The Prestige
"The Prestige" (2006)
Nolan's strangest film by a country mile and probably his most divisive, "The Prestige" was the little passion project that he knocked off with his 'Batman' cred in remarkably short time (filming began in February 2006, and it was in theaters only eight months later). Based on the novel by sci-fi author Christopher Priest, it follows the story of two magicians, Alfred Borden (Christian Bale) and Robert Angier (Hugh Jackman), who become embroiled in a years-long feud after Angier's wife (Piper Perabo) drowns in an accident that he holds Borden responsible for. They move on, only crossing paths every so often, and each becoming famous for a trick which sees them vanish across a room into thin air, but each also holds a terrible secret that will have dreadful consequences. Many found the film (which is glorious-looking, thanks to Pfister's best-ever photography and Nathan Crowley's astounding production design) hard-to-follow, thanks to Nolan's puzzle-box-like structure, and hard to like, due to two murderous, bitter protagonists. But, if you're concentrating, the director's storytelling instincts never get you lost (the secret to the mystery is detailed in the opening shot, as it turns out), and to our mind, Bale and Jackman each give enough charm and sympathy to their performances that you can feel for both, although Nolan delicately lets your sympathies come down on one side of the fence by the end. And while it's certainly a film for the brain first and foremost -- Nolan using the world of magic as a metaphor for moviemaking and storytelling in general -- it packs an emotional punch, thanks in part to a tremendous performance by Rebecca Hall in, amazingly, her first major film role. A film quite unlike any in recent memory, and one that you suspect only Nolan could have directed, it's the kind of thing we hope he returns to now he's done with the Bat-franchise. [A]  

Dark Knight Ledger Bale
"The Dark Knight" (2008)
A sprawling crime saga running two and a half hours and until recently, the highest-grossing comic-book movie of all time (since surpassed by "The Avengers"), Nolan’s “The Dark Knight” is still arguably the greatest superhero movie ever made (though that may change this weekend). But it’s also not without its flaws. Heath Ledger as the unhinged and unforgettable Joker and the cast elevate the entire thing, removing most traces of suspension of disbelief issues, but even Aaron Eckhart can’t make that realistic-style Two-Face make-up really work in Nolan’s ultra-realistic world (we spend most of his time on screen worrying what kind of infections he's going to catch). And if anyone can tell us the narrative reasoning for the faked death of Jim Gordon, we'd be most grateful, because that particular plot thread seems unnecessary, extraneous and poorly executed. Still, aside from minor problems such as that, thematically, “The Dark Knight” is rich, textured stuff, arguably a minor love story about two opposing forces that cannot exist in the same universe without one another. Moral themes of how the means justify the ends are provoked, and the political and social implications brought up in its grand finale are stupendous. Still, this is the Joker and Ledger’s show, the late actor playing a nihilistic villain who’s anarchist on the outside and deviously nefarious on the inside, who essentially is enamoured by Batman. He doesn’t want to kill him, the Joker wants to prove to this fellow freak that their methods are essentially one and the same and that the people he protects aren't worth fighting for. “You'll see...when the chips are down, these civilized people, they'll eat each other,” he cackles. And while he may never fully convince Batman, the villain always shakes the man to his core. [A-]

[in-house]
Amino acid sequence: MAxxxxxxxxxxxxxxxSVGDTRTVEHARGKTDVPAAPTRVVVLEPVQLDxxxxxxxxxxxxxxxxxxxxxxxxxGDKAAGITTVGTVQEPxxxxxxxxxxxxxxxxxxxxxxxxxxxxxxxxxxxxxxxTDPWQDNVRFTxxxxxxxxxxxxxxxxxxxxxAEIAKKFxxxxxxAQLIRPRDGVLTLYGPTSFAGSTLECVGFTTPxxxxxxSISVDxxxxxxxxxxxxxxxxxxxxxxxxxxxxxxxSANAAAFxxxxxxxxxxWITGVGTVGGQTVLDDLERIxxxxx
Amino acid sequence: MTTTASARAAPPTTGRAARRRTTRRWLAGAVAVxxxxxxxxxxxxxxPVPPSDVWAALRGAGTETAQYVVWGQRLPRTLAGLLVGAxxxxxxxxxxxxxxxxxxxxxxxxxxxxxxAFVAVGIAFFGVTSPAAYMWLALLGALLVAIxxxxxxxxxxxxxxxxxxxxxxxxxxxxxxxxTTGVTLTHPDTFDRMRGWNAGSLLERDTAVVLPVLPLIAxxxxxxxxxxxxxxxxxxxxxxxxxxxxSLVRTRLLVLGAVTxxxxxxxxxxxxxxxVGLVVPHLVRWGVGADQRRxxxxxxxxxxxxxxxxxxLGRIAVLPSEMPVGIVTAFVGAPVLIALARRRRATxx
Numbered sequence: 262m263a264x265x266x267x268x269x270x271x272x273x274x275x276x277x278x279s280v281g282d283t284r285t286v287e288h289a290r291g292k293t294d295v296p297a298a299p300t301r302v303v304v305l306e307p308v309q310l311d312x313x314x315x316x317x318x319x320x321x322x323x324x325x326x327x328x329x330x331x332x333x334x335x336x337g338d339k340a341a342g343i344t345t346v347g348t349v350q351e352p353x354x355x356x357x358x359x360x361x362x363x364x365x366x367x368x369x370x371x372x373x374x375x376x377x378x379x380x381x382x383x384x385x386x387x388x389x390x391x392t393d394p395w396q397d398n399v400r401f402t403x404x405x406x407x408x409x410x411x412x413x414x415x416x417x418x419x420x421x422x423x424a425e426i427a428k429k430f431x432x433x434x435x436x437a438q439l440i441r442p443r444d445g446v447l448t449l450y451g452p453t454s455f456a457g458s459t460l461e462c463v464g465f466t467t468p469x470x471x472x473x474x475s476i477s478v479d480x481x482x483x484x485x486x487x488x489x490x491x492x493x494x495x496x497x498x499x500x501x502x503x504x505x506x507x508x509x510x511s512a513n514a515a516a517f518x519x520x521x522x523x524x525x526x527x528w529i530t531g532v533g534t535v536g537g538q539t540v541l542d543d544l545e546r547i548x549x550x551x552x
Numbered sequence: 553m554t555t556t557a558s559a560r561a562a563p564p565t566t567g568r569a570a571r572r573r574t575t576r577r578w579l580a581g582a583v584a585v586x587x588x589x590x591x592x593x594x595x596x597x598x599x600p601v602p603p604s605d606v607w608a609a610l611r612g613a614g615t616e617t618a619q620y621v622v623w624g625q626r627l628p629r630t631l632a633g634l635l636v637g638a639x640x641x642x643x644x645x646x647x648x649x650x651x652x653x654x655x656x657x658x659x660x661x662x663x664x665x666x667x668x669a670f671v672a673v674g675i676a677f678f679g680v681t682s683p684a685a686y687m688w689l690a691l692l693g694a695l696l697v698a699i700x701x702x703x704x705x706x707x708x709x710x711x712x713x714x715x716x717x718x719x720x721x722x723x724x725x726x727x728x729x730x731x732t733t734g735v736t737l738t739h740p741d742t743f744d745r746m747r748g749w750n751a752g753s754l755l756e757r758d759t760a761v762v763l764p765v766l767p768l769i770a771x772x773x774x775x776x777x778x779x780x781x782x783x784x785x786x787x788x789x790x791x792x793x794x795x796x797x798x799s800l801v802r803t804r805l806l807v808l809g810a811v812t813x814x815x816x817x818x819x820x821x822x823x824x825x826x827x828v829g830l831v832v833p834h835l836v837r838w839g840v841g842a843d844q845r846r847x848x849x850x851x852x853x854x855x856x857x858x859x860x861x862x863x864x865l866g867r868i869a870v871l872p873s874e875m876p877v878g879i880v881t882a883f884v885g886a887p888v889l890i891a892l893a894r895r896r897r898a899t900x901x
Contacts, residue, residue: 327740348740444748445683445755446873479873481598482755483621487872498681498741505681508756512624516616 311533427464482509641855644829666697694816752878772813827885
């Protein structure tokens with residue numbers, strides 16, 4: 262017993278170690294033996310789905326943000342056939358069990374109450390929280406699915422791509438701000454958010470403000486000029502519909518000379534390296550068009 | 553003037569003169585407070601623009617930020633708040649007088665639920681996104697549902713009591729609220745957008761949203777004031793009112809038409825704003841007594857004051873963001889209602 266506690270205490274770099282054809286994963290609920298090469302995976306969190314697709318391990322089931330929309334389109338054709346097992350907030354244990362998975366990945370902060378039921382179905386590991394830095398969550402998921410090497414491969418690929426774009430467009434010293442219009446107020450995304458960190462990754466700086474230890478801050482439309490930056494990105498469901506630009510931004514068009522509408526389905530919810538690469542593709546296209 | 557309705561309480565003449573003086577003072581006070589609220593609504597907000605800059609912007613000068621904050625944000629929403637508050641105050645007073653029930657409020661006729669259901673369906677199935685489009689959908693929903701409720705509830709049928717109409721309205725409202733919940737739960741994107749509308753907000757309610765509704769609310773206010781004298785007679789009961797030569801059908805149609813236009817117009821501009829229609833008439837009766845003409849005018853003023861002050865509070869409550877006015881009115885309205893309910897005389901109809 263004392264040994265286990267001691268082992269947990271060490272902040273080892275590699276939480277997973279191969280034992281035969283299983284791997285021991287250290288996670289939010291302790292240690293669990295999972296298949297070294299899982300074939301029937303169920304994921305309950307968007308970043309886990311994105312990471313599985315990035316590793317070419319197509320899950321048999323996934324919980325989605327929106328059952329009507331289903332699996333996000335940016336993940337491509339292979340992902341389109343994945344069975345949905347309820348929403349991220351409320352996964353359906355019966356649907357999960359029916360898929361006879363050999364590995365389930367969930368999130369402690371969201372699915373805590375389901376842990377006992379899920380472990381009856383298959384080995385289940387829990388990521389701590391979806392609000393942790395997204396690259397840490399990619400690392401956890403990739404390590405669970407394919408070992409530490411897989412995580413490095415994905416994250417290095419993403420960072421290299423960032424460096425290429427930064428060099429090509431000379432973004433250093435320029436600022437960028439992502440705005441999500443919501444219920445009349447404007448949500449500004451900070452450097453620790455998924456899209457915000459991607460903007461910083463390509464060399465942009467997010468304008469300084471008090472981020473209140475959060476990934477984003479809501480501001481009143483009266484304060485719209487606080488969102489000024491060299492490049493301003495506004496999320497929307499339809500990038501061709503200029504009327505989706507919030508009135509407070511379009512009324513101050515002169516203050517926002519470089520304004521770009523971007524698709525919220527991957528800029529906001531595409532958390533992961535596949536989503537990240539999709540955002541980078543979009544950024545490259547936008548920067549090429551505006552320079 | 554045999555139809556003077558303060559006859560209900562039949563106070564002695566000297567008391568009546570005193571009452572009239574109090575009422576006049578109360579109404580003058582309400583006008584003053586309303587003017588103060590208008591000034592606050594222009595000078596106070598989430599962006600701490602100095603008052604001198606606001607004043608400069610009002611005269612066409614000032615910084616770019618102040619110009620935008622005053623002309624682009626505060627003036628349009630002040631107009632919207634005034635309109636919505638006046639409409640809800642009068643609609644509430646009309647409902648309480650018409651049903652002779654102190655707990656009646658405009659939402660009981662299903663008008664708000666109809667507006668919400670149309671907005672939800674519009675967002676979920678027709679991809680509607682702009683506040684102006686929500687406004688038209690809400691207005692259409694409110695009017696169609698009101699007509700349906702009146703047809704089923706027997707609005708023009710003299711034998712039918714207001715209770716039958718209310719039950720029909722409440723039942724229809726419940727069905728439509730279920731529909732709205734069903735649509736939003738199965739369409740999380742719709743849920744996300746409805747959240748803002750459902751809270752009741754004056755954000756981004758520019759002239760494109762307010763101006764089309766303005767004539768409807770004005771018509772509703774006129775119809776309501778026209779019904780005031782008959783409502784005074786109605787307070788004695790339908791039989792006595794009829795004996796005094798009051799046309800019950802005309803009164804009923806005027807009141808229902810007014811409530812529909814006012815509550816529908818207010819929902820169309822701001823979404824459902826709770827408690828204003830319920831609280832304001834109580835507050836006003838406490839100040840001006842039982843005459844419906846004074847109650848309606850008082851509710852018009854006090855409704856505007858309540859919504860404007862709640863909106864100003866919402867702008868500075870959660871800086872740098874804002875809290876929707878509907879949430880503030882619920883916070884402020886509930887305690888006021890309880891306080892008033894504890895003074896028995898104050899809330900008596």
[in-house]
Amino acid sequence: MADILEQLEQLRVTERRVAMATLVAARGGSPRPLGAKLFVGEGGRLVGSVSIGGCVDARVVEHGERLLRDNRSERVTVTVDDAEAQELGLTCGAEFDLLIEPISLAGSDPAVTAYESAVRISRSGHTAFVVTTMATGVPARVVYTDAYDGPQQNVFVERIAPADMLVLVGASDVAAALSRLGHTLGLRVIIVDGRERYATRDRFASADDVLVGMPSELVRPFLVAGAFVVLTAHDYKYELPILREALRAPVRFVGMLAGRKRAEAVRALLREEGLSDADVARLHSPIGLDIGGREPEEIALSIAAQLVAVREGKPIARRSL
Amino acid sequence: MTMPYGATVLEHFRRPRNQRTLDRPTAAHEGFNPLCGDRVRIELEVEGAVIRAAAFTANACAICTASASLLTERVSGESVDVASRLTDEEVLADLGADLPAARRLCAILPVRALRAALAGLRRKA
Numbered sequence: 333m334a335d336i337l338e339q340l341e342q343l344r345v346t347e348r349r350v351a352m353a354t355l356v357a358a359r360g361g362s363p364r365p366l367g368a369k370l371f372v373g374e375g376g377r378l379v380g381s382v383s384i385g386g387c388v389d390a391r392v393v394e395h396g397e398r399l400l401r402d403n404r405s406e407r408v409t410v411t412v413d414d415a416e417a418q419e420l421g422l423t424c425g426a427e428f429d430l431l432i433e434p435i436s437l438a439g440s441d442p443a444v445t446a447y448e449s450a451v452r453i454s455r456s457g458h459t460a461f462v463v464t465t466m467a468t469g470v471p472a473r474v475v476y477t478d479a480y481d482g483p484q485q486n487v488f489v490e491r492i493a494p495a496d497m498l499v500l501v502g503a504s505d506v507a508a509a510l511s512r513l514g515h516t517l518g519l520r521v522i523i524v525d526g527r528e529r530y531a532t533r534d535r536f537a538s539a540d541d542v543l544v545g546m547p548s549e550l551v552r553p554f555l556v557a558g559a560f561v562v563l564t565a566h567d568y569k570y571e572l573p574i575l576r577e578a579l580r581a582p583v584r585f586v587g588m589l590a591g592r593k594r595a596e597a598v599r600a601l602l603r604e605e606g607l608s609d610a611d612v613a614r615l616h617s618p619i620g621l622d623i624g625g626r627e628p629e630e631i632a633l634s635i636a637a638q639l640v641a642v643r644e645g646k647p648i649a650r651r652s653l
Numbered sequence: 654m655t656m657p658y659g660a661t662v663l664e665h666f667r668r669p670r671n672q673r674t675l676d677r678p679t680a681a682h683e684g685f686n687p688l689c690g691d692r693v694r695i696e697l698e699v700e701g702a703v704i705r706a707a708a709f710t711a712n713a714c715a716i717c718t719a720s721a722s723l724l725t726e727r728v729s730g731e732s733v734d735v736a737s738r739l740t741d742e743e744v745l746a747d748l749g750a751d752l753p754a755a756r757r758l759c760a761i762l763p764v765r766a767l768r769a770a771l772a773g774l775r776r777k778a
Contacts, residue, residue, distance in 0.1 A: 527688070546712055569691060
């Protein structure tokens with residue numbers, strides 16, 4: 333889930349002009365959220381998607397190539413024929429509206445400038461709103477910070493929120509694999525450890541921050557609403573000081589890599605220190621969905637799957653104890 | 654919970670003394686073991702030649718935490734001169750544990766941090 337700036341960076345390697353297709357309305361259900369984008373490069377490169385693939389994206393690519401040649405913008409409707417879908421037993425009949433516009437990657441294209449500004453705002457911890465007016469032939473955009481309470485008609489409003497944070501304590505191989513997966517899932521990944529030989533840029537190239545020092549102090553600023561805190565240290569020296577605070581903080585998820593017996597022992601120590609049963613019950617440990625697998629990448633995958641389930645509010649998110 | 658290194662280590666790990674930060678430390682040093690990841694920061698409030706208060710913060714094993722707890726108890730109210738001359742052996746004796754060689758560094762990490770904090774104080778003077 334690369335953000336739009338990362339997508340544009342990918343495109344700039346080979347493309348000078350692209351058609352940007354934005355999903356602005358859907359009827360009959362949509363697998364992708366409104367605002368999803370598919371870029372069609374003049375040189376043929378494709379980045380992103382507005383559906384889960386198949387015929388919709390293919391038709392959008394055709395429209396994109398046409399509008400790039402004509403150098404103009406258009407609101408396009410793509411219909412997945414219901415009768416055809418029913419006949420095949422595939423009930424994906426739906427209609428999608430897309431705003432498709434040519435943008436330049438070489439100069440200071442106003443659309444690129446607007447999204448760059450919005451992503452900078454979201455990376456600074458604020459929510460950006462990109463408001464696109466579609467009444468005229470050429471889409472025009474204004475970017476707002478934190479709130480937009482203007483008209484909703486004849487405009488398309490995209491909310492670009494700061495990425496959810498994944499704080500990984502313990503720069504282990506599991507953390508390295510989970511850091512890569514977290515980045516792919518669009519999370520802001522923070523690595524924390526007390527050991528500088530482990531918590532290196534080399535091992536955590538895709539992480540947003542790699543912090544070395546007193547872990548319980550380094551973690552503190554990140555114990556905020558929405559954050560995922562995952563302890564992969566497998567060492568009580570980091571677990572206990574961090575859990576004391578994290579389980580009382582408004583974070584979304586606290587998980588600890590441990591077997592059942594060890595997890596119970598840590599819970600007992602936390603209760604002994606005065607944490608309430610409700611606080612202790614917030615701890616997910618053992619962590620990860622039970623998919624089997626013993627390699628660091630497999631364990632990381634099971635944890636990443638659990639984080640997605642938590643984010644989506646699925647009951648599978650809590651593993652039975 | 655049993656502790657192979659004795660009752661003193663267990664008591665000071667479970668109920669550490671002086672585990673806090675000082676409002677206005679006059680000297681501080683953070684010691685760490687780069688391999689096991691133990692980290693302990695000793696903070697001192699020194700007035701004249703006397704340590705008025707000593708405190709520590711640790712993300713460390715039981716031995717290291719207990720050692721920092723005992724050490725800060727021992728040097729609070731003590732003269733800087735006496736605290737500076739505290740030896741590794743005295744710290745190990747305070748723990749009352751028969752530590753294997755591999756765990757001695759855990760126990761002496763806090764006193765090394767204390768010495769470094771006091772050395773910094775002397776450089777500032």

"Inception" (2010)
Honestly, until we sat down in the theater, we expected "Inception" to be Nolan's "Heaven's Gate" -- an expensive indulgent folly, the kind of film directors all too often fall to after being given carte blanche to make whatever they like. But we'd forgotten that Nolan had been working on the screenplay for a decade, and had honed his skills to a greater level than ever before, because "Inception" is an absolute triumph, and the culmination of everything the director's career until then had been building towards. A deeply personal art film disguised -- and also working brilliantly as -- a giant summer blockbuster, it sees Nolan focus in on a bold science-fiction idea: implanting an idea in someone's mind by entering their dreams. But while many would use that pitch as an excuse for Lynchian imagery up the wazoo, Nolan gives it his meticulous attention to detail and rules-setting, creating a clear and satisfying universe that, nevertheless, has enough texture that it doesn't become airless. He engages deeply with big concepts; about where ideas come from, about the function of dreams and consciousness, about love, grief and closure. And yet the film is consistently entertaining, a pacy caper film with cracking action sequences (the director finally nailing that side of filmmaking), that also doubles as a brilliantly thought out metaphor for the movie-making process itself. We can see how some can grate against the exposition, although as far as we're concerned, it's about as painless as it could be (although it's a shame that Ellen Page can never just ask the question "Why don't you get Michael Caine to bring your kids to you in France?"). And we can see that some might find it hard to identify with Nolan's rule-bound, organized, sexless dream world, but as we've said before, it's a hugely personal film, and we suspect that this is the way that Nolan's dreams look. It's as weird and difficult a film that has ever made $800 million at the box office, and if this is the kind of original filmmaking that Nolan will continue to make, we're positively pleased that he's retiring from the Bat-game. [A]